Naturally, the site’s success hinges on its ability to move the product, and its merchandise mix of luxury and innovative brands seems to be achieving this. I’ve been able to wear looks from designers such as Ghani, Rodger, Mansur Gavriel, Dorothy Schumacher, Ususi’s sister, and more at labels like Fashion Week.

Visibility


Tank: soldout.nyc; Dress: Vintage Y ends soon; Bag: Remotely; Shoes: Maryam Nasir Zadeh

Photos: Courtesy of Laura Reilly


Vest: The row; Dress: Dry Van Noten; Bag: Mansur Gavriel; Shoes: Maison Margiela


Dress: Mirror Palace; Clutch: Vintage; Shoes: Vintage Giuseppe Zanotti

Another one I’ve worn before and am especially excited to show again this season is Bevza. Ukrainian businesses like Svitlana Bevza’s famous brand are now getting more than public support and visibility. Her pieces are truly stunning and one of the most worn by the audience every season—her knitted balaclava was outside the Spring Studio during the February shows, and I predict the sailor-themed SS22 pieces I’m drawn to wearing this brand at the show. Tuesday.

Long life

Perhaps the most important and achievable value in this list is a long life cycle. As an editor, many of the things I wear during fashion week are taken from designer and PR shows, and yes, I admit I bought a couple of things for the occasion. But the building blocks of many outfits are pieces I’ve owned over the years and wear season after season.

My trusty Maryam Nasir Zadeh Olympia wedges feature heavily in my planned wardrobe, as does a simple brass-clasp APC shoulder bag. My Soldout.nyc white tanks are an invaluable styling tool to have on hand, and my Sundar Bey oversized white button-down lends itself to a variety of looks.

The pieces I bought this week with the intention of wearing them are quality items that will last for years, if not decades: a luxurious The Row knit vest, an over-the-top crisp white t-shirt, and deceptively versatile electric blue Paris Georgia pants.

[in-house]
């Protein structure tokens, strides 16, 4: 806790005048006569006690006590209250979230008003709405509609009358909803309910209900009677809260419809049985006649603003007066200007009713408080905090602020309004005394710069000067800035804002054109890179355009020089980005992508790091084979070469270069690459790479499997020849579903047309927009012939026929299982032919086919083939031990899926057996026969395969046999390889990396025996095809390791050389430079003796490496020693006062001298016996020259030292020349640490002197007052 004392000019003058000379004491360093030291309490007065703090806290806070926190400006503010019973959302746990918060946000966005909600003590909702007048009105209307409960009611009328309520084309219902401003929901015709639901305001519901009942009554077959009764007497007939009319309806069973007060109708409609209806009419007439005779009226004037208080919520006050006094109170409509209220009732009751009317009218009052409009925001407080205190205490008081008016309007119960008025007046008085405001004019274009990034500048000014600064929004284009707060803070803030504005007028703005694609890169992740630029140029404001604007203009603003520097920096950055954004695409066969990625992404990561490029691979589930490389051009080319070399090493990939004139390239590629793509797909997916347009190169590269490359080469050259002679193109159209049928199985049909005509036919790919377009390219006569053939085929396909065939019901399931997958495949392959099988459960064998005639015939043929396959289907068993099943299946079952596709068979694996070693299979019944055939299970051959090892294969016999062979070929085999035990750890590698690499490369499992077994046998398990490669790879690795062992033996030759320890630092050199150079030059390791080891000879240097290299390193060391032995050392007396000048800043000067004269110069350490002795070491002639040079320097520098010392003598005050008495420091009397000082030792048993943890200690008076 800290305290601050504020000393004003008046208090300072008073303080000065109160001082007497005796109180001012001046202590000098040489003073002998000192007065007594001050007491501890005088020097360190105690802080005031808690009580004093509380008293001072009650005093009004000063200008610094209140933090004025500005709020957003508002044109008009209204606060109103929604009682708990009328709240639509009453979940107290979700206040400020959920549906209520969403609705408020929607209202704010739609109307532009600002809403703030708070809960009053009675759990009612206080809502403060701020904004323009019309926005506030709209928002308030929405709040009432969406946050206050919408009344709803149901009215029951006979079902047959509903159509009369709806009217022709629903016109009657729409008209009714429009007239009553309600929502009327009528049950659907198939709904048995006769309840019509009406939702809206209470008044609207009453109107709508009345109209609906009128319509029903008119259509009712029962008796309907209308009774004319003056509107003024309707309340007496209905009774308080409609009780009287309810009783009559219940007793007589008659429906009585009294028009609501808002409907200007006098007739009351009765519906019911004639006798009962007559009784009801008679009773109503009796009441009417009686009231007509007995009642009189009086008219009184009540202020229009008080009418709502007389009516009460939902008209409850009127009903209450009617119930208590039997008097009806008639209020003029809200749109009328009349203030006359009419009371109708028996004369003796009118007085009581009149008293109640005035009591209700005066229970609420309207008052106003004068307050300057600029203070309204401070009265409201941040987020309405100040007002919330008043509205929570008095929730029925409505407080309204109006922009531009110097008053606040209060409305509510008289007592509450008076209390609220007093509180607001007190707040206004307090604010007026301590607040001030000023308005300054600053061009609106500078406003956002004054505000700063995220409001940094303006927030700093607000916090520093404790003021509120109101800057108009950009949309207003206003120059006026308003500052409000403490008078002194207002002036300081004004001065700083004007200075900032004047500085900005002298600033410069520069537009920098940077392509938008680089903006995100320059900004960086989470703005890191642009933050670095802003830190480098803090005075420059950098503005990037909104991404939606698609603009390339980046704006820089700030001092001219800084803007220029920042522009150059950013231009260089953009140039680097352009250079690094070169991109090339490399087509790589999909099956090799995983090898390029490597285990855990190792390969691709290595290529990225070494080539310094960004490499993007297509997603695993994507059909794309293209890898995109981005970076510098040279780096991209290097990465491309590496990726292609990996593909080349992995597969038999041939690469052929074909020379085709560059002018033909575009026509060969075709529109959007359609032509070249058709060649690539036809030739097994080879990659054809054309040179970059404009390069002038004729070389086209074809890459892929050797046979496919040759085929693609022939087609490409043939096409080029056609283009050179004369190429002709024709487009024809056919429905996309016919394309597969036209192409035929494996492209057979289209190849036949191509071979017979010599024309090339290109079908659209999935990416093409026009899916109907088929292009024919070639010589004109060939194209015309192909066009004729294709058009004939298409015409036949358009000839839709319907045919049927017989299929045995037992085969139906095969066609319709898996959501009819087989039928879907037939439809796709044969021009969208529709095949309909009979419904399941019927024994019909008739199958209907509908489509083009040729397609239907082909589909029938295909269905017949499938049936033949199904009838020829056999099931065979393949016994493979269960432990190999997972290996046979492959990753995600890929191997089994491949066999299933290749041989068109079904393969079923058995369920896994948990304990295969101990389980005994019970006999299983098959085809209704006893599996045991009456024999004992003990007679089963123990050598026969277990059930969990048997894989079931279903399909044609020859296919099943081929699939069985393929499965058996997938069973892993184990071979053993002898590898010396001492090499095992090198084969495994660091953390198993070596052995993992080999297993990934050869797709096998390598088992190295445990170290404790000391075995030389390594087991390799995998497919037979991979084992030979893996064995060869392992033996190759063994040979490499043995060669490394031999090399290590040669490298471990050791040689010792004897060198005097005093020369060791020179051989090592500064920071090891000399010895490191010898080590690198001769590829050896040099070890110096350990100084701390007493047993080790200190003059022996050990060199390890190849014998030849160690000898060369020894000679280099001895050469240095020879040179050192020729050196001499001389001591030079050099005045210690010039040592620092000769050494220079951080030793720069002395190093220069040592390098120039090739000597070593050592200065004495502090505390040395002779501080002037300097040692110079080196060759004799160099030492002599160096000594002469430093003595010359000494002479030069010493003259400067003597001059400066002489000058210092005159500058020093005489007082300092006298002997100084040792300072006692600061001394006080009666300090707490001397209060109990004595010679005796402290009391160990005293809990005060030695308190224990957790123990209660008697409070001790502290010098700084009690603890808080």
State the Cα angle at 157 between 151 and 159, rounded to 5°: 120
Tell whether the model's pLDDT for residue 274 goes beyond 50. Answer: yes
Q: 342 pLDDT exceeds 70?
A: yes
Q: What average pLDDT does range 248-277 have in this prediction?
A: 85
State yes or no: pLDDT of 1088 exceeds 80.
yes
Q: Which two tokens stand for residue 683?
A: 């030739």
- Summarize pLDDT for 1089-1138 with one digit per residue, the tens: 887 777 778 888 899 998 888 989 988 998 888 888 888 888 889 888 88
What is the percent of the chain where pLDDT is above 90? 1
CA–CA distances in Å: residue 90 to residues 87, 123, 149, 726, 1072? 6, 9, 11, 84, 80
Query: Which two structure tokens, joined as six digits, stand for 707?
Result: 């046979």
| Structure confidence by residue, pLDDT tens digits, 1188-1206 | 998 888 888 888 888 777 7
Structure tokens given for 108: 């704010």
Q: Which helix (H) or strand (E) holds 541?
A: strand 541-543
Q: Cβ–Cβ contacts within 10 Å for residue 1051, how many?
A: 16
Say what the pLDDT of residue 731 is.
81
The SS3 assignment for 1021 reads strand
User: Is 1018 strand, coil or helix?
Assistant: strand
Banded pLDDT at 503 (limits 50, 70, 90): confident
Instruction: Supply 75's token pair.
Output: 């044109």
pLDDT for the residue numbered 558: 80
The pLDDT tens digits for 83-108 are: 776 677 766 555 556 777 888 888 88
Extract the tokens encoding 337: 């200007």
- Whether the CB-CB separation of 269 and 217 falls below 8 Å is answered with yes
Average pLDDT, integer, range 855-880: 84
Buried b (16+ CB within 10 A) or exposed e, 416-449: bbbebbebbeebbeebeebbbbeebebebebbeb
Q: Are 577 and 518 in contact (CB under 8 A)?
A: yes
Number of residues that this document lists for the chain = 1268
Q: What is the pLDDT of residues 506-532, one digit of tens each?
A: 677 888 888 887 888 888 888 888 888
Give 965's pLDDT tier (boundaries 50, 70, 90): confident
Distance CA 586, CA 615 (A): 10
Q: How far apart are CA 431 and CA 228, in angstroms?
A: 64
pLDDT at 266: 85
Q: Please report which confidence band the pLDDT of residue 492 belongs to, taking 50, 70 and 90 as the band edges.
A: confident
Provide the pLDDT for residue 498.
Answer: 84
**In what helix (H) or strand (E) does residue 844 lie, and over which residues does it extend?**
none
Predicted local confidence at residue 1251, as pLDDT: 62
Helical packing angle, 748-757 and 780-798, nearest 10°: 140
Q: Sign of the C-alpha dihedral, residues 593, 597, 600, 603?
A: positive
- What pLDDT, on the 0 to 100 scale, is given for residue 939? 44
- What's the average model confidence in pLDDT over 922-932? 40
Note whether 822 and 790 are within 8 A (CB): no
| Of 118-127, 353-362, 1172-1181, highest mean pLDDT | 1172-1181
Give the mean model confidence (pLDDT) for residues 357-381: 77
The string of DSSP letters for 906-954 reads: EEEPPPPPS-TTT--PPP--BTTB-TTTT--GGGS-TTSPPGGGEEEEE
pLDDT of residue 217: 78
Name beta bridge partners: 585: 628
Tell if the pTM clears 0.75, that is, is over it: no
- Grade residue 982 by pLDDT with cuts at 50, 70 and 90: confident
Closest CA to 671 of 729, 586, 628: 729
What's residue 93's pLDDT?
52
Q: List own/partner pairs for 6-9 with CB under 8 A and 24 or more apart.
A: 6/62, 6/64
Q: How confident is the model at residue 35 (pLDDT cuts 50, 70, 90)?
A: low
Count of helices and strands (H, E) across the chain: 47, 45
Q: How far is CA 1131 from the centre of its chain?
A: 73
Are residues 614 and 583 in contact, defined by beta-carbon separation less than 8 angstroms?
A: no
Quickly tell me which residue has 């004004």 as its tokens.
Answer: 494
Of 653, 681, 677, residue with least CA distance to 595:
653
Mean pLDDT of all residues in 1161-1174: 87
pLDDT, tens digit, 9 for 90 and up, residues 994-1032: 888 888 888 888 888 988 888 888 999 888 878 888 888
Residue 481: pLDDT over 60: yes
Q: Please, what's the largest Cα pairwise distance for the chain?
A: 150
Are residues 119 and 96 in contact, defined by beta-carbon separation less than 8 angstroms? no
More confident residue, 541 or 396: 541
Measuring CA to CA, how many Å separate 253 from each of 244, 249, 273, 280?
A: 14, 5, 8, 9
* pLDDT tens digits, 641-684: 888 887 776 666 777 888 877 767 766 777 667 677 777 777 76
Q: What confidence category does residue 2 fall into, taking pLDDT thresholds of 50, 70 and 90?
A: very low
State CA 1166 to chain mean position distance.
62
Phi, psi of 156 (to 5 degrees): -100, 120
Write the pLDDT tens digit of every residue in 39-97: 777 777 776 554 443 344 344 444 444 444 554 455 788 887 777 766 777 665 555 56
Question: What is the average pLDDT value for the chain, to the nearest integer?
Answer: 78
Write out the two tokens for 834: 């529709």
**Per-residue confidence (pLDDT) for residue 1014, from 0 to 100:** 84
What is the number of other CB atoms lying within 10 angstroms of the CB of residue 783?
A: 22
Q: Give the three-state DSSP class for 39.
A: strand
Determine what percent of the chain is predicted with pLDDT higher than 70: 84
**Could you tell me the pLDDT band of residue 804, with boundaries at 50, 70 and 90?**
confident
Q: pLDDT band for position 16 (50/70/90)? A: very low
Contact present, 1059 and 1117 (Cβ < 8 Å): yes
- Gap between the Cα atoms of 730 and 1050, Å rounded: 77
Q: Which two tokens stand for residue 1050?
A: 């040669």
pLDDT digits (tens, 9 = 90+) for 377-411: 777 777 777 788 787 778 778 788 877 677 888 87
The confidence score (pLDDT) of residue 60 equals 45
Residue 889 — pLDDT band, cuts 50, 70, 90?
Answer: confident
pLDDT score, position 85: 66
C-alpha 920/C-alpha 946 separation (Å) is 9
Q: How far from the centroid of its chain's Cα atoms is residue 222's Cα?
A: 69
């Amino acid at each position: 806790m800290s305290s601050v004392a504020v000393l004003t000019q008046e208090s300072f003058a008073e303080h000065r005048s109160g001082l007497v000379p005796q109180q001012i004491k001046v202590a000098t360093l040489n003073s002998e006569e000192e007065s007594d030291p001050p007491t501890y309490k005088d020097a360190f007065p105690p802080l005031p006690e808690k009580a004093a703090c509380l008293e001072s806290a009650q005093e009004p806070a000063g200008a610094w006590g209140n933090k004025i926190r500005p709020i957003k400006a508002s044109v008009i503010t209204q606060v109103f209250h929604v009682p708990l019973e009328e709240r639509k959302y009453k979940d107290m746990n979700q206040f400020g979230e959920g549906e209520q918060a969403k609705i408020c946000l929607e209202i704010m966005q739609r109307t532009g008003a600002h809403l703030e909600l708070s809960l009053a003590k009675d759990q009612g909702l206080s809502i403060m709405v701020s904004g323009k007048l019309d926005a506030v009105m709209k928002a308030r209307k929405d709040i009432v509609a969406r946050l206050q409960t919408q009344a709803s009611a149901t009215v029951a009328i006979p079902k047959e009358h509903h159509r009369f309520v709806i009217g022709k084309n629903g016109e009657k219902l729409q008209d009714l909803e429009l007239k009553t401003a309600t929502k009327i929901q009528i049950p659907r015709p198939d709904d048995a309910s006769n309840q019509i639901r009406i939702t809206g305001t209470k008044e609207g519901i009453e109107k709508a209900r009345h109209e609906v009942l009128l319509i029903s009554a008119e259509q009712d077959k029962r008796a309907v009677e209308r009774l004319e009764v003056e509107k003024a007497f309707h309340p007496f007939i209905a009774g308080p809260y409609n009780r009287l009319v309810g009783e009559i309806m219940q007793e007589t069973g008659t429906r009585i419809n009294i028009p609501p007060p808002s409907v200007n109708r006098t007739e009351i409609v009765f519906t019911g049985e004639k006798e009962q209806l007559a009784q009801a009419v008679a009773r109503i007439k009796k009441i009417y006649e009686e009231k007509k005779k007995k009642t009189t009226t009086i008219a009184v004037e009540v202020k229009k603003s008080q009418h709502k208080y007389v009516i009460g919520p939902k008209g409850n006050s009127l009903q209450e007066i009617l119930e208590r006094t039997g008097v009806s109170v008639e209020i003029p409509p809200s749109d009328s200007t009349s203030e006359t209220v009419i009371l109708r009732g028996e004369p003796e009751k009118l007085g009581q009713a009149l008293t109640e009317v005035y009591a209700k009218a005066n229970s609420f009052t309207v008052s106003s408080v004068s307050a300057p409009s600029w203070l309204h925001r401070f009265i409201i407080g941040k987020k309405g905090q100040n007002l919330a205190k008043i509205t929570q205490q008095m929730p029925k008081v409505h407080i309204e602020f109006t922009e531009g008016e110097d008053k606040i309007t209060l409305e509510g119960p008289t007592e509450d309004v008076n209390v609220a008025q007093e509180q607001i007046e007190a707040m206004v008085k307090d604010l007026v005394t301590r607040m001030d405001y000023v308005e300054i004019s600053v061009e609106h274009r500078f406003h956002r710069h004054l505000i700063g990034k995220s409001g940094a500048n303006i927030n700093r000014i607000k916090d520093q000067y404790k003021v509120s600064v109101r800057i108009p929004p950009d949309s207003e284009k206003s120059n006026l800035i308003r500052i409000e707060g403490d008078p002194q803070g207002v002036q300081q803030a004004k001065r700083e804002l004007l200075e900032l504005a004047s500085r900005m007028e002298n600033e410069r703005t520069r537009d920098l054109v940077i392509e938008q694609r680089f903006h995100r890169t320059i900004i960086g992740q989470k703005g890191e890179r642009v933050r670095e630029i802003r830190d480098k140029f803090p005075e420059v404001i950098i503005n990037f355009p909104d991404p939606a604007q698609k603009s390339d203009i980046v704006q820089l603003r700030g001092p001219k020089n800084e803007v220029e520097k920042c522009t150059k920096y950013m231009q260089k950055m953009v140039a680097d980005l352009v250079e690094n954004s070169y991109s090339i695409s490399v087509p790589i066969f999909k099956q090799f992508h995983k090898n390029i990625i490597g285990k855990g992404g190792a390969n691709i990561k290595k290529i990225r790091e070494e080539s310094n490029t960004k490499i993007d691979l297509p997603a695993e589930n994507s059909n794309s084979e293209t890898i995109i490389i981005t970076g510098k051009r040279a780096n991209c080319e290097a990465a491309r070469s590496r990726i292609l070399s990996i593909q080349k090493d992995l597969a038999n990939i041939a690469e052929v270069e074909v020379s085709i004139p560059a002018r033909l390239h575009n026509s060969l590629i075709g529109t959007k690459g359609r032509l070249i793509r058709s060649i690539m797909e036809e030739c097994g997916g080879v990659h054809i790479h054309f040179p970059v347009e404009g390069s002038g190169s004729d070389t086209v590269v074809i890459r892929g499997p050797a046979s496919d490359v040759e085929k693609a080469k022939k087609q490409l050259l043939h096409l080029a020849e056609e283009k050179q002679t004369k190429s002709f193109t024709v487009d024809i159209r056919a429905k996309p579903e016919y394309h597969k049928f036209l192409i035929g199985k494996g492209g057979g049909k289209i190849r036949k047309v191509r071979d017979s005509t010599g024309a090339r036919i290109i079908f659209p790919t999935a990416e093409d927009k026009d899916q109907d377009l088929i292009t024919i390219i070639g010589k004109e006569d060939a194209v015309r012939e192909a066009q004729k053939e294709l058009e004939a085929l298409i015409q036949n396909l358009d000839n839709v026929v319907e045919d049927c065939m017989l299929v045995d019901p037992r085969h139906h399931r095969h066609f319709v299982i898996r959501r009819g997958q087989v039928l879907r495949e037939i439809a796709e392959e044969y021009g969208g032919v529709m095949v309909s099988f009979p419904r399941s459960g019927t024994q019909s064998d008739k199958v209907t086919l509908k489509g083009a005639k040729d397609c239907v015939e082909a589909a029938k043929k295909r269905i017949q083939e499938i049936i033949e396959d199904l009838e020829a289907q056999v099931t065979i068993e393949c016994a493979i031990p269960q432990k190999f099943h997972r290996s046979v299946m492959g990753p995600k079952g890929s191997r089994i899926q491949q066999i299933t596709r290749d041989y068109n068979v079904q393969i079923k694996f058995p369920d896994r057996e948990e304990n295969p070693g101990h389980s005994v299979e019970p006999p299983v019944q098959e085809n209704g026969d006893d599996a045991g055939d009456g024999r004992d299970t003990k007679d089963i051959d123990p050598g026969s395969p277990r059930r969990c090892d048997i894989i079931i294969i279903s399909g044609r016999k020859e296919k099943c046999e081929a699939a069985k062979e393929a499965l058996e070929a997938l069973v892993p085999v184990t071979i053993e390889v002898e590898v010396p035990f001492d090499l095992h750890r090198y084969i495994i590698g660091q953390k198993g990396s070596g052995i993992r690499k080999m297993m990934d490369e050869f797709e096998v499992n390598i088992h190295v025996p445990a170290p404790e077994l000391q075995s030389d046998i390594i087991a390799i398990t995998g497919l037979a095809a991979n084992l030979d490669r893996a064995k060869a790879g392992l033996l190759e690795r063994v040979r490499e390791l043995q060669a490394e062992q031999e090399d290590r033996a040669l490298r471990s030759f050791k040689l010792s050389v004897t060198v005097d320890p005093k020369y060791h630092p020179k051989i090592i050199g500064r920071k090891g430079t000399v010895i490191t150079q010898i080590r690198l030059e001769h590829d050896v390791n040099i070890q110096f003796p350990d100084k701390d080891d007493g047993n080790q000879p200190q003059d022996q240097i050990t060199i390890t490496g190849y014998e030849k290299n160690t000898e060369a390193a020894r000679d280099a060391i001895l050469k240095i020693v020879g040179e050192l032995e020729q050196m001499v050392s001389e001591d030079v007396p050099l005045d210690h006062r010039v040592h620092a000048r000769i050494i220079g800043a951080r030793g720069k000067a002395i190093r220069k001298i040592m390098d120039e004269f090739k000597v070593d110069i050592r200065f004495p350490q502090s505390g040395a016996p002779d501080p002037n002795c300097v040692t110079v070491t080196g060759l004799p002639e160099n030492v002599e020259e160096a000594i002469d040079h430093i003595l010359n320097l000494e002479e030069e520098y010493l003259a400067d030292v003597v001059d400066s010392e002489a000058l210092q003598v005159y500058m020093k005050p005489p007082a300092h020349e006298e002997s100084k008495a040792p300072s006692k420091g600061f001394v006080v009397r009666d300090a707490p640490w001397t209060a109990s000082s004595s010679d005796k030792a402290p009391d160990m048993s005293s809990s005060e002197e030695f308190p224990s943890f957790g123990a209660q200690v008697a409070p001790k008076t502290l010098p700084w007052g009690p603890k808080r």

Proximity


Pants and bag: Gemsun; Above: Haus; Belt: Michelle Del Rio; Shoes: Balenciaga

Photos: Courtesy of Laura Reilly


Top: Acne Studios; Dress: Vintage Comme des Garcons Out soon, Bag: JWAnderson; Shoes: Fendi


Producer: Bevza; Bag: APC

Bring your friends close and share their brands. I’ve heard this topic before, but maintaining a healthy abundance of what your inner circles do is one of the most beautiful things a person can do. The crowded fashion landscape may be impossible for young brands to break into, but we have the power to make them heard; Family names are built from the ground up.

I’m especially lucky to be surrounded by talented people I can call my friends, and their creations are among my favorites to showcase at NYFW’s endless events and festivals. Gamesun’s wrap accessories are a mainstay, and the new ready-to-wear also brings joy to my wardrobe. Michelle Del Rio’s mysterious slim dress and talismanic belt make me feel happy; They are some of my most worn items. The house label’s athleisure-inspired pieces are wintertime staples that I now proudly start every outfit with. And Kolbo menswear is a steal even for my women’s wardrobe.